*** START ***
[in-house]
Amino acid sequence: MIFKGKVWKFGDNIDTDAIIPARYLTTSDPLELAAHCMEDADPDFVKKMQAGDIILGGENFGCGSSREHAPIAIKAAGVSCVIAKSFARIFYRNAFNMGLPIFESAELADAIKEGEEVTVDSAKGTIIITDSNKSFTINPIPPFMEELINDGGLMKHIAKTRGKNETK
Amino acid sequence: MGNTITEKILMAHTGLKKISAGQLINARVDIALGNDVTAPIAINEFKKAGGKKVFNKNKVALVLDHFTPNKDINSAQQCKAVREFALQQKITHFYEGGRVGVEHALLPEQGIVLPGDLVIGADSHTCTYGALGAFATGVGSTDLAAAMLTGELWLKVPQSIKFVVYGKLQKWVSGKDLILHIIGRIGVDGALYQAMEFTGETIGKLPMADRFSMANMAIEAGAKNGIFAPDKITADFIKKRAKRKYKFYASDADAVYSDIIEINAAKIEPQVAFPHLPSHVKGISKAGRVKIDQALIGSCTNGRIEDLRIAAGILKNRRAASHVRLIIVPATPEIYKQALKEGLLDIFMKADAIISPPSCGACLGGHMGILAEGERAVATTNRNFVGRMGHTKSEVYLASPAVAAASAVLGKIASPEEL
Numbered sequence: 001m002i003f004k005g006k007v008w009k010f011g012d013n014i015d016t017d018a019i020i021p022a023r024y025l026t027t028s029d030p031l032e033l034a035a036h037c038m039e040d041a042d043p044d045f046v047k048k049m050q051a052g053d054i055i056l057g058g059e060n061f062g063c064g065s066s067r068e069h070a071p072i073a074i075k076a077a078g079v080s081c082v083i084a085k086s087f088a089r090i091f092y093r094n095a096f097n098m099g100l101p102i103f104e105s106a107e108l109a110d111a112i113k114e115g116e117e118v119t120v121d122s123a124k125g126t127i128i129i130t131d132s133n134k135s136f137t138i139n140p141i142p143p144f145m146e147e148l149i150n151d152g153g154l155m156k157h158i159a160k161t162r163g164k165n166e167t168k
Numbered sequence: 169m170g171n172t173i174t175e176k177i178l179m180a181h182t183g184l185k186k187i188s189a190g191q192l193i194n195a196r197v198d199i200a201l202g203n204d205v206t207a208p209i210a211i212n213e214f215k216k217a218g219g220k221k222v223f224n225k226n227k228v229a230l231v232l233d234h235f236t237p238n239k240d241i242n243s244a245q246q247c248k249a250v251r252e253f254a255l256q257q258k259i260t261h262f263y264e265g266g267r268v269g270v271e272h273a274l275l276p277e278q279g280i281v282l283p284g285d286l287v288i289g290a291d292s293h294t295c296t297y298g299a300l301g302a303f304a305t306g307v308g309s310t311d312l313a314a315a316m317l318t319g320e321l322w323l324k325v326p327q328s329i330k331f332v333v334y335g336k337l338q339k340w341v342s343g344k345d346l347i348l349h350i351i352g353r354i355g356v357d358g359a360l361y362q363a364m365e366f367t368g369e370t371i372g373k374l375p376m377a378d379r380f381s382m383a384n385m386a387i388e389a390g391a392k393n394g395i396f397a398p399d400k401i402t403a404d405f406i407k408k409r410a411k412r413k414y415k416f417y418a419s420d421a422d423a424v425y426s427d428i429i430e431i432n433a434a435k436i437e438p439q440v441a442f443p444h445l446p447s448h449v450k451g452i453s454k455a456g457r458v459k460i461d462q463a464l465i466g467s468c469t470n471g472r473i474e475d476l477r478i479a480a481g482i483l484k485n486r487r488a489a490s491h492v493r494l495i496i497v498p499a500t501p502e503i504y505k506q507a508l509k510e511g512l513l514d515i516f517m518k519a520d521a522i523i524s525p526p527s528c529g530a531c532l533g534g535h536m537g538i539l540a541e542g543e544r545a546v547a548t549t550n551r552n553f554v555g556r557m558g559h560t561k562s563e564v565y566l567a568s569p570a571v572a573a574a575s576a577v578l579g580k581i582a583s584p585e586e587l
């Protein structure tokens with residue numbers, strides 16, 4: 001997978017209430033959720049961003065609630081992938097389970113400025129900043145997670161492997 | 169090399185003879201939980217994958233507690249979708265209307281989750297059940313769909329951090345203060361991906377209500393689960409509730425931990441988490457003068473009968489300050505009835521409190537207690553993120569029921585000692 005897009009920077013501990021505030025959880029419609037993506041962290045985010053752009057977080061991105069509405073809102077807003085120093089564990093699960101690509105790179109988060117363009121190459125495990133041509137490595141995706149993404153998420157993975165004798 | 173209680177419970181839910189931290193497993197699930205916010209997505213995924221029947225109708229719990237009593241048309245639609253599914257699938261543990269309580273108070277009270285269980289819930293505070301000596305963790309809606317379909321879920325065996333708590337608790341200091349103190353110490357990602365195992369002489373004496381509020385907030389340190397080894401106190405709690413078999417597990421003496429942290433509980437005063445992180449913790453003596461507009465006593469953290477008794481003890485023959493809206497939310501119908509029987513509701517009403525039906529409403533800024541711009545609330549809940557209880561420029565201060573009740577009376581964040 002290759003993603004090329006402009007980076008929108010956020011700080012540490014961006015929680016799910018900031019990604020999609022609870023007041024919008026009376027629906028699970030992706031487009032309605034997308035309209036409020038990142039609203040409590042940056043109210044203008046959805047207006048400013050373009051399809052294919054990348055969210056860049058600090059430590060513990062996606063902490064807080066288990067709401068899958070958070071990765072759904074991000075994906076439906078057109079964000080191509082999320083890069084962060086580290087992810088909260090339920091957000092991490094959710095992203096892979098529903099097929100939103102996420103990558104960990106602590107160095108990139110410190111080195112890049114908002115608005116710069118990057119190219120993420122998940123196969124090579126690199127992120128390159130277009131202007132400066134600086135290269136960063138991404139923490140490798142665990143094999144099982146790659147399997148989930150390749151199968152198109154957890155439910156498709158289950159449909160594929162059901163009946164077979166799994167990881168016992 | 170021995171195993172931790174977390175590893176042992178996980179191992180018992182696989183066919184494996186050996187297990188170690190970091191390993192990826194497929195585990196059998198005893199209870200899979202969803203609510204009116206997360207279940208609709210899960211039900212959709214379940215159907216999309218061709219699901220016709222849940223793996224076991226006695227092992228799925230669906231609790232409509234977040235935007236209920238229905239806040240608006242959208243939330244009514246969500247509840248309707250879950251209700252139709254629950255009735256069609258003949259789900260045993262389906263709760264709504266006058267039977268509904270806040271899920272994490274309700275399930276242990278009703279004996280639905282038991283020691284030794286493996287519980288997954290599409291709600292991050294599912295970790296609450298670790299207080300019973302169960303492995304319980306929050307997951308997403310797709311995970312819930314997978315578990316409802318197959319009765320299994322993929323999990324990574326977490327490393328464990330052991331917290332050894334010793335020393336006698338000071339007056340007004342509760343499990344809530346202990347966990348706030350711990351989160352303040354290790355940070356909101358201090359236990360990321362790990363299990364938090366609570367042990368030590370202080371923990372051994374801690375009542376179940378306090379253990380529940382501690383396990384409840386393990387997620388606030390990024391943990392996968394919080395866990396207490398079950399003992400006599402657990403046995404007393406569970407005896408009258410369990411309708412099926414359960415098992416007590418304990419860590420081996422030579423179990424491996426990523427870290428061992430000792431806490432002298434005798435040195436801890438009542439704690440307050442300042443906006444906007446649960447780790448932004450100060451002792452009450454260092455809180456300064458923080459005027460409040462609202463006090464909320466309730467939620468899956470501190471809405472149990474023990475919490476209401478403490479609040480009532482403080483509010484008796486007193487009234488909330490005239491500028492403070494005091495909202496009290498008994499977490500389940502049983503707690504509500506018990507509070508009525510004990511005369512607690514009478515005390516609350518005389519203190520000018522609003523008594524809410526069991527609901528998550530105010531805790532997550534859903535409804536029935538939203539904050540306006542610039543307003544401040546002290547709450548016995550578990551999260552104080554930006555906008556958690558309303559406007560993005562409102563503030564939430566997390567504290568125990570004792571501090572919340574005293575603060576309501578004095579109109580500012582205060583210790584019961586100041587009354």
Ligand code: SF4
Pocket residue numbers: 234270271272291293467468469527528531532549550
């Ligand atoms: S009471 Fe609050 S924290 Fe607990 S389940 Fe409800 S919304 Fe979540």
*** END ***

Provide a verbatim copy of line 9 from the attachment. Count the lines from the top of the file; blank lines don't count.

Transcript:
């Ligand atoms: S009471 Fe609050 S924290 Fe607990 S389940 Fe409800 S919304 Fe979540």